Sony Pictures CEO Michael Lynton has met with company staff to try to allay any fears they might have about the consequences of recent hacker attacks on the company.
According to an employee who attended a session, Lynton met Sony workers at a sound stage in Culver City, California, and told them not to worry about the studio’s future following the hack. He also praised them for their work throughout the attacks.
Co-chairman Amy Pascal was also present, apparently “near tears” over a leaked email in which she made a joke about US president Barack Obama’s race.
The hackers – who may be North Koreans angry about an upcoming film that lampoons the country’s leader, Kim Jong-un – are promising a “Christmas gift” of more leaked data, and are even inviting the public to make requests as to what appears.
“We are preparing for you a Christmas gift,” they said. “The gift will be larger quantities of data. And it will be more interesting. The gift will surely give you much more pleasure and put Sony Pictures into the worst state. Please send an email titled by ‘Merry Christmas’ at the addresses below to tell us what you want in our Christmas gift.”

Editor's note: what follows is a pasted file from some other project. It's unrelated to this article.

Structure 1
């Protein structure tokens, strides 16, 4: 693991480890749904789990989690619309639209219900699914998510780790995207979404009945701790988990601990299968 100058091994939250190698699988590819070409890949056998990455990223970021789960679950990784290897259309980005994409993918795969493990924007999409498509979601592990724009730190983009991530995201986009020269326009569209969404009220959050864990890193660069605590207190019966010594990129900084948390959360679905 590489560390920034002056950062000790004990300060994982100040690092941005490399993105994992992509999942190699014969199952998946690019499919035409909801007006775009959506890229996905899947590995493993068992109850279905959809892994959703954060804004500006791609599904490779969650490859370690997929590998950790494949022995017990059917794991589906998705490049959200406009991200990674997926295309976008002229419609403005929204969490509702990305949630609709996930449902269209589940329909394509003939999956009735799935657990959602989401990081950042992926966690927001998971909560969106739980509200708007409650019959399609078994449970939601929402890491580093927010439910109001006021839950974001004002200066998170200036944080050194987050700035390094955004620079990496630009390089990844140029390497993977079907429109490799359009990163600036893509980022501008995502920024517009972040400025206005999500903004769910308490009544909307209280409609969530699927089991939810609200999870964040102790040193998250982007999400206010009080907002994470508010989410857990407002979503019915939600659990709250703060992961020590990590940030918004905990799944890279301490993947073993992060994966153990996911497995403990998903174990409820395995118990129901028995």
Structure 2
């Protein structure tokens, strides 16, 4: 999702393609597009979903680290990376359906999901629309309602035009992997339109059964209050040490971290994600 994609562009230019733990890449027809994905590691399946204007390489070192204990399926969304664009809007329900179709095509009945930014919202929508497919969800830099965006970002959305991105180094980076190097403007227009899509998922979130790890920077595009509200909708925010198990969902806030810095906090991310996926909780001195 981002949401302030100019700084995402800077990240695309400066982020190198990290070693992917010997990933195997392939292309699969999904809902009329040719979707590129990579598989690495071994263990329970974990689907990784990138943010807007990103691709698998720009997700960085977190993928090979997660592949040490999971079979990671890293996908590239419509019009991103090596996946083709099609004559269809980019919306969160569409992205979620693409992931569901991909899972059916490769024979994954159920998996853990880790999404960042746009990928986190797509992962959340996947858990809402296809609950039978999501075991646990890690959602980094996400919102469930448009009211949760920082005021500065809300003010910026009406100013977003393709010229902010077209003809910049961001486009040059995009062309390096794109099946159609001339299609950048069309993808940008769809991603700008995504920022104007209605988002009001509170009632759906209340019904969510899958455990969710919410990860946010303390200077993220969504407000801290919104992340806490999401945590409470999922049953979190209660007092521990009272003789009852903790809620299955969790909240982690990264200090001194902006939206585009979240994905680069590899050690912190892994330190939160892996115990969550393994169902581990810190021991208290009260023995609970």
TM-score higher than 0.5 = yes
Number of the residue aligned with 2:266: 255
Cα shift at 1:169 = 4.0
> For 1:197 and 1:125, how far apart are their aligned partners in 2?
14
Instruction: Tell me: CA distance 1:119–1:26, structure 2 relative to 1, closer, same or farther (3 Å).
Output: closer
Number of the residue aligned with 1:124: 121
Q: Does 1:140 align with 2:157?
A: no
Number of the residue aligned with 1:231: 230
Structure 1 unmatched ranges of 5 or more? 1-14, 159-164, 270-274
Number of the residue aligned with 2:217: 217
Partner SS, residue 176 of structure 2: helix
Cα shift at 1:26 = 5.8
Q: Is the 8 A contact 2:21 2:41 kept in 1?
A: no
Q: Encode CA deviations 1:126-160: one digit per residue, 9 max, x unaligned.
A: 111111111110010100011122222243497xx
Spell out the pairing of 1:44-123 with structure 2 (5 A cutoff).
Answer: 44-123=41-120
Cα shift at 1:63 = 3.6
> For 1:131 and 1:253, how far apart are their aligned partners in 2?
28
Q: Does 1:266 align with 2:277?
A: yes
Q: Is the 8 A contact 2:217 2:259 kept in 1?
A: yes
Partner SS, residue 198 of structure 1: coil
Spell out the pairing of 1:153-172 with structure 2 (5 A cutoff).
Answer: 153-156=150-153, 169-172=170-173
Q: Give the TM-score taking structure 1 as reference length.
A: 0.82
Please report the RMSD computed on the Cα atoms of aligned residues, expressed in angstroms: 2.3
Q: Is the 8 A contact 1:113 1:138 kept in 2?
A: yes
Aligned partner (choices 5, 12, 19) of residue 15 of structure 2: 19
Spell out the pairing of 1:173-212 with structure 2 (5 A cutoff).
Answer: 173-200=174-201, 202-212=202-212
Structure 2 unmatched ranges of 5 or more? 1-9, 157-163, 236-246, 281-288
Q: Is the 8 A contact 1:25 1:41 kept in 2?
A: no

Sony has responded by writing to media outlets asking them not to publish any more hacked data, of which 200GB has so far been released by the hackers.
Sony has even stated that it may start holding media outlets legally liable for damage caused by publishing the material.
“The company does not consent to your possession, review, copyright, dissemination, publication, uploading, downloading or making any use of the stolen information,” a Sony lawyer wrote, asking for “cooperation in destroying the stolen information”.
News outlets should “take all reasonable actions” to stop the publishing of its sensitive details, said Sony and, if these orders are not followed, the company “will have no choice but to hold you responsible for any damage or loss arising from such dissemination by you”.